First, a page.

The Global Supply Chain Is In Low Supply! – Finnick

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While there’s no denying supply chain logistics are always evolving, it’s safe to mention 2020 caused disruptions that almost all consumer goods brands aren’t familiar with seeing. Now, in 2021, there are new challenges companies must tackle to stay successful within the competitive eCommerce space.

Therewith said, a shift to online retail, increase in consumer confidence, pent-up demand, and amassed savings all add up to an amazing opportunity for digitally native brands.

Countries across the world are grappling to counter the threatening impact of the pandemic. As countries continue to be in full or partial lockdowns to contain the spread of coronavirus, the associated economic challenges are exacerbated because of the global interconnectedness of supply chains, bringing many economies to a standstill.

When the pandemic first hit, production slowed to a halt or stopped since certain commodities weren’t in demand. This also meant that shipping companies retired older vessels to cut back overhead and laid off heaps of crewmen.

As the world economies open up, production is now trying to catch up to the current influx of demand which successively means more products shipping but with fewer ships and shipping companies trying to rehire crewmen, there are delays with shipping.

If we dig in further, ports are being overloaded with these ships waiting weeks/months to offload.

Companies that survived the volatility of 2020 likely did so by way of getting lean, selling through inventory, and focusing on working capital. At times, the last year’s challenges have no doubt felt unwieldy.

Suppliers and manufacturers from all over the world have largely been put to the test, encountering massive stock shortages, fulfillment delays, and lengthy backorders on common inventory items.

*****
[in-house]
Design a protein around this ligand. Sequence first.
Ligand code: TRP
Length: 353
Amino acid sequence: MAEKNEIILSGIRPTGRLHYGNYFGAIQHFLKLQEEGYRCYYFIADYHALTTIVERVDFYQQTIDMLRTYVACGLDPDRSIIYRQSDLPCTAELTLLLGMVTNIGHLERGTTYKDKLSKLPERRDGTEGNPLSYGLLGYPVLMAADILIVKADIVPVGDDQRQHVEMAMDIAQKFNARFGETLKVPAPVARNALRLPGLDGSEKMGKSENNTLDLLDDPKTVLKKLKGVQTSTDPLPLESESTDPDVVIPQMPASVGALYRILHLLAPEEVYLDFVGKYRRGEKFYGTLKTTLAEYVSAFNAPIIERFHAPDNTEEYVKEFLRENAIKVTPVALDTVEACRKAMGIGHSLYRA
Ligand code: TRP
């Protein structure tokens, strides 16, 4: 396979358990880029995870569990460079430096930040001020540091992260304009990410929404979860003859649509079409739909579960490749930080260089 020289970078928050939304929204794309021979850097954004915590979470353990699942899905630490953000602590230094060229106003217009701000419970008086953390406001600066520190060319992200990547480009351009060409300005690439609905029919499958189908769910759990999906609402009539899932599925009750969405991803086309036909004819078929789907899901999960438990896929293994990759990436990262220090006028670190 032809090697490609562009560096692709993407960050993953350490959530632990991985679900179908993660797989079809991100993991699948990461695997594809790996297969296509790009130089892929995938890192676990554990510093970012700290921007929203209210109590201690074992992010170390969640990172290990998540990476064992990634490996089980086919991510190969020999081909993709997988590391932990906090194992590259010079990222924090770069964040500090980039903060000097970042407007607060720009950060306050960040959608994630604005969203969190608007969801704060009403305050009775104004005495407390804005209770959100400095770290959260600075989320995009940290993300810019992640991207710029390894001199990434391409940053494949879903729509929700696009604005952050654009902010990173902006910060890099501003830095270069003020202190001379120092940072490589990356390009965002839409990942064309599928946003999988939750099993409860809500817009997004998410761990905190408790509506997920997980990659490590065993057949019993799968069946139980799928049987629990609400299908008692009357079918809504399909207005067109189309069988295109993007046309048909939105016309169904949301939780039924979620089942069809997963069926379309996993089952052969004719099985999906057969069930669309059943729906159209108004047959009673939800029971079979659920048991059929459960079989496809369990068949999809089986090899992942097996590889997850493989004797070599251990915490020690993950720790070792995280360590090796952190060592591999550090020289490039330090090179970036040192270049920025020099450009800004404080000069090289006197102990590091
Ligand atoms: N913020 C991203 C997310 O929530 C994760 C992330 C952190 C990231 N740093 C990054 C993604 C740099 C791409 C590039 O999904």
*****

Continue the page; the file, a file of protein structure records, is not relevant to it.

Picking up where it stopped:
Semiconductor Chip Shortages Give Auto Industry the Jitters Ahead of the Festive Season

Exhibit 1: Change(%) in Sales. Source: Times of India

The semiconductor shortage has come to haunt the Indian car industry before the festive season as companies report subdued, and even lower deliveries to dealerships in August, compared to what they dispatched within the same month last year.

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The chip supply crunch has disrupted the production schedule of many companies such as Maruti Suzuki, Mahindra & Mahindra, and Tata Motors, and companies have said that they are being forced to go slow on the shopfloor despite healthy demand.

Although the situation is quite dynamic, the auto companies are expecting an adverse impact on the production which is unlikely to resolve soon.

The lead time, which is the time taken between ordering and delivering the chip, has also increased due to shortage of raw material and unavailability of shipping containers which stands true for the countries that are part of the global manufacturing supply chain like South Korea, Vietnam, and China.

This chip shortage situation came at a time when already the inventory levels are low across most of the sectors globally which have led to delayed shipments, moderate production cuts increasing the backlog of deliveries and offtake volumes in the coming months.

Bracing for impact: Supply chain risk management post Suez Canal blockage

The cargo vessel within the picture ‘EVERGREEN’ is obstructing the Suez Canal which is holding up traffic that carries goods worth nearly $10 billion every day which needs to be dislodged as soon as possible to avoid any adverse economic fallout.